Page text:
Preventing liver disease with policy measures to tackle alcohol consumption and obesity – A microsimulation study
Chronic liver disease (CLD) causes 1.8% of all deaths in Europe.
Without policies to mitigate harmful alcohol consumption and obesity, that proportion will continue to increase.
This study aims to estimate the impact of policy interventions targeting alcohol and obesity on the incidence of CLD and primary liver cancer in France, the Netherlands, and Romania.
A validated and peer-reviewed microsimulation model was employed using data from online databases and published literature. Static and dynamic trends in alcohol consumption and body mass index (BMI) respectively were projected from 2022 to 2030. We modeled the incidence of CLD and liver cancer under three policy scenarios versus an inaction scenario. The policies were 1€ minimum unit pricing (MUP) on alcohol; a combination of 0.7€ MUP and a sugar sweetened beverage (SSB) tax; and a combination of 0.7€ MUP, SSB tax, and a volumetric tax on alcohol.
All policies had an important impact ranging from a 2% to 7% reduction in annual incidence of chronic liver disease and liver cancer by 2030. The 1€ MUP policy had the largest predicted impact: In the three countries combined, that policy would result in 11,550 fewer cases of CLD and 7,921 fewer cases of liver cancer by 2030. Policy interventions combining a €0.7 MUP, an SSB tax, and a volumetric tax on alcohol would prevent nearly as many cases: 7,317 cases of CLD and 5,390 cases of liver cancer by 2030 compared with the inaction scenario.
In conclusion, we can reduce the number of Europeans who develop chronic liver disease or liver cancer by up to 7% before 2030 if we introduce a €1 MUP on alcohol, or we introduce complementary public health policies targeting alcohol consumption and obesity.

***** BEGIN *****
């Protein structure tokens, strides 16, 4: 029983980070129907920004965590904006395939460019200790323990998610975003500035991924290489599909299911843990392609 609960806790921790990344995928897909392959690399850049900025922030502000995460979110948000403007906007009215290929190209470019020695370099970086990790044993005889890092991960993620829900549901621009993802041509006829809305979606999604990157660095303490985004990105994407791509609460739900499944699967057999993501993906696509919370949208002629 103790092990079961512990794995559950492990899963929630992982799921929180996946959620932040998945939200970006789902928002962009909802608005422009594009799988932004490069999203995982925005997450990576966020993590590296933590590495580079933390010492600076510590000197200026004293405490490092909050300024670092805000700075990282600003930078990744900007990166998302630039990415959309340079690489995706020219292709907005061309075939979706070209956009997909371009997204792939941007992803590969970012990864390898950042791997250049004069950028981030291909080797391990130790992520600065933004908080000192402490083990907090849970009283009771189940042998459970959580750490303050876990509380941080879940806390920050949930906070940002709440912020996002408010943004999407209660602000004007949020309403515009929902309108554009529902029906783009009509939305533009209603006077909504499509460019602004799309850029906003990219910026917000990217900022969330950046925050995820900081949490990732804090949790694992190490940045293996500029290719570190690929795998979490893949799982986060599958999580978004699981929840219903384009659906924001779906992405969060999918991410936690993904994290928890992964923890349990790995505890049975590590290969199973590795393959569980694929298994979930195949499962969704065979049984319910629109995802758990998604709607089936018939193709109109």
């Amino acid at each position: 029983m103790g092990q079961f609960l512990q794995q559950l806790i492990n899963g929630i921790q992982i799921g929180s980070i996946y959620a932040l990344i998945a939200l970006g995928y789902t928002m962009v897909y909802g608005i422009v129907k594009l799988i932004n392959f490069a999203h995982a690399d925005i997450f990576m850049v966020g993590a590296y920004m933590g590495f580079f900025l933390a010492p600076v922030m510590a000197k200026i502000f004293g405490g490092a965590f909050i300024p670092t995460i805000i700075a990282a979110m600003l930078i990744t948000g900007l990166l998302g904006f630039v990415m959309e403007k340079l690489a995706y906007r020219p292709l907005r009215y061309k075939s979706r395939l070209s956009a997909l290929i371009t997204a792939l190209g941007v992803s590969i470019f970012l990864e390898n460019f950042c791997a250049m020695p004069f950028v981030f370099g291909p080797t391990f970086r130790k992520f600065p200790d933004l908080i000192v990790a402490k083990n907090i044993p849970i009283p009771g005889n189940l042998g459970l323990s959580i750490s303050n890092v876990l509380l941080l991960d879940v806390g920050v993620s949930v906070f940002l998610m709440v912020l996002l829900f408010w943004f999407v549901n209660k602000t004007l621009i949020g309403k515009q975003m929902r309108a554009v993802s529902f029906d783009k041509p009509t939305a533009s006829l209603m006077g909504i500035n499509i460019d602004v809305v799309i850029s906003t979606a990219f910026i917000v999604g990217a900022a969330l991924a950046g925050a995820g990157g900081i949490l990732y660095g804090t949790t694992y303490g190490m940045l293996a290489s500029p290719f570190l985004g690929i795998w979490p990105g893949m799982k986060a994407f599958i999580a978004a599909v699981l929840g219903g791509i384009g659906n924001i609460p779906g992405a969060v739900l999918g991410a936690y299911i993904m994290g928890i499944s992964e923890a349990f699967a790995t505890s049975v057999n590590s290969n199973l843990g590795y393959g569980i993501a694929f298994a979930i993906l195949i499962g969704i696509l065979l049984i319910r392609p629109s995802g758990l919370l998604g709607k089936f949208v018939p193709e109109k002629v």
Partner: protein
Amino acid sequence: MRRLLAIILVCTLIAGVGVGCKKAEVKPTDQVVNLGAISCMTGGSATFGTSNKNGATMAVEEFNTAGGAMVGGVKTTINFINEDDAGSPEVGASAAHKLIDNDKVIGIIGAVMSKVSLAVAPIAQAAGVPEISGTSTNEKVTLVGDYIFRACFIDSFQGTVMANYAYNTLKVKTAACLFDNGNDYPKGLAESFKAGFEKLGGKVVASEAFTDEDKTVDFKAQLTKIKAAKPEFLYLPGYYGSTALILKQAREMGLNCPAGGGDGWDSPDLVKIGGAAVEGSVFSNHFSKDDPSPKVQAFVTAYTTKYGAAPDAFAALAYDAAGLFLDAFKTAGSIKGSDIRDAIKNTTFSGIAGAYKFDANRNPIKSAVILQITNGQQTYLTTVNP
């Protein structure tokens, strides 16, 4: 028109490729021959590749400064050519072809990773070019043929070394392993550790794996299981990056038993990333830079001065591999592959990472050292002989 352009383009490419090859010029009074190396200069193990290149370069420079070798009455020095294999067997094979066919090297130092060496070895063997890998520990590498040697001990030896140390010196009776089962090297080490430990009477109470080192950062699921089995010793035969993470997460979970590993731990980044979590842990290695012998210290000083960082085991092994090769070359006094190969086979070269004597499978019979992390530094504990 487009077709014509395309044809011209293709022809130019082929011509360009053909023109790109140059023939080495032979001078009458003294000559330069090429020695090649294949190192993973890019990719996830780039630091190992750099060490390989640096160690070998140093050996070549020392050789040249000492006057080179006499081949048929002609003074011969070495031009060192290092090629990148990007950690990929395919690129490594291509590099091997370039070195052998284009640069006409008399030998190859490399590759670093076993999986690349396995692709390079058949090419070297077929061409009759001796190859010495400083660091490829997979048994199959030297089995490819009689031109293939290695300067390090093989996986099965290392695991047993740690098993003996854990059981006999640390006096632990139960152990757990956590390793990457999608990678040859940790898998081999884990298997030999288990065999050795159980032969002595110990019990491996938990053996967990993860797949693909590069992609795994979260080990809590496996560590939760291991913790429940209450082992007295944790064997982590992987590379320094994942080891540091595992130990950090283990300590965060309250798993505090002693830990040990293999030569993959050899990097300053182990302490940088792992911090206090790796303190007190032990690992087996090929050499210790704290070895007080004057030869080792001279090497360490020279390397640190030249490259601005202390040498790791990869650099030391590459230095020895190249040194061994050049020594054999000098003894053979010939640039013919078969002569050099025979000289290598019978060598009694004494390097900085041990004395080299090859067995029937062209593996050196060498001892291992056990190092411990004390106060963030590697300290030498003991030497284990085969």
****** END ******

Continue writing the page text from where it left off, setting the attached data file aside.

HEPAHEALTH Project Report
Liver disease is a collection of conditions affecting the liver with increasing prevalence worldwide, and particularly in Europe. The recent analysis showed that there is variation across countries in prevalence of liver disease. This is largely the consequence of excess alcohol consumption, obesity, and viral hepatitis. Public health and population-level interventions can be effective in modifying behaviours, including reducing harmful alcohol consumption, controlling obesity levels and preventing Hepatic B and C levels. This in turn may lead to a reduction in the burden of liver disease.
EASL’s mission is supported by an unrestricted education grant from Bristol-Myers Squibb and Gilead. Bristol-Myers Squibb and Gilead have had no input into EASL content.
HEPAHEALTH II: Preventing liver disease with policy measures to tackle obesity and alcohol consumption
Europe has the largest burden of diagnosed liver disease globally with almost 30 million people in the European Union alone estimated to be living with a chronic liver condition. Modifiable risk factors such as obesity and alcohol consumption play a major role in the development of liver diseases. Understanding how these risk factors are expected to change into the future is important for estimating the future burden of liver diseases, and the impact of different mitigation policies to reduce the burden.
This study has been supported by an unrestricted education grant from Bristol-Myers Squibb and Gilead. Bristol-Myers Squibb and Gilead have had no input into EASL content.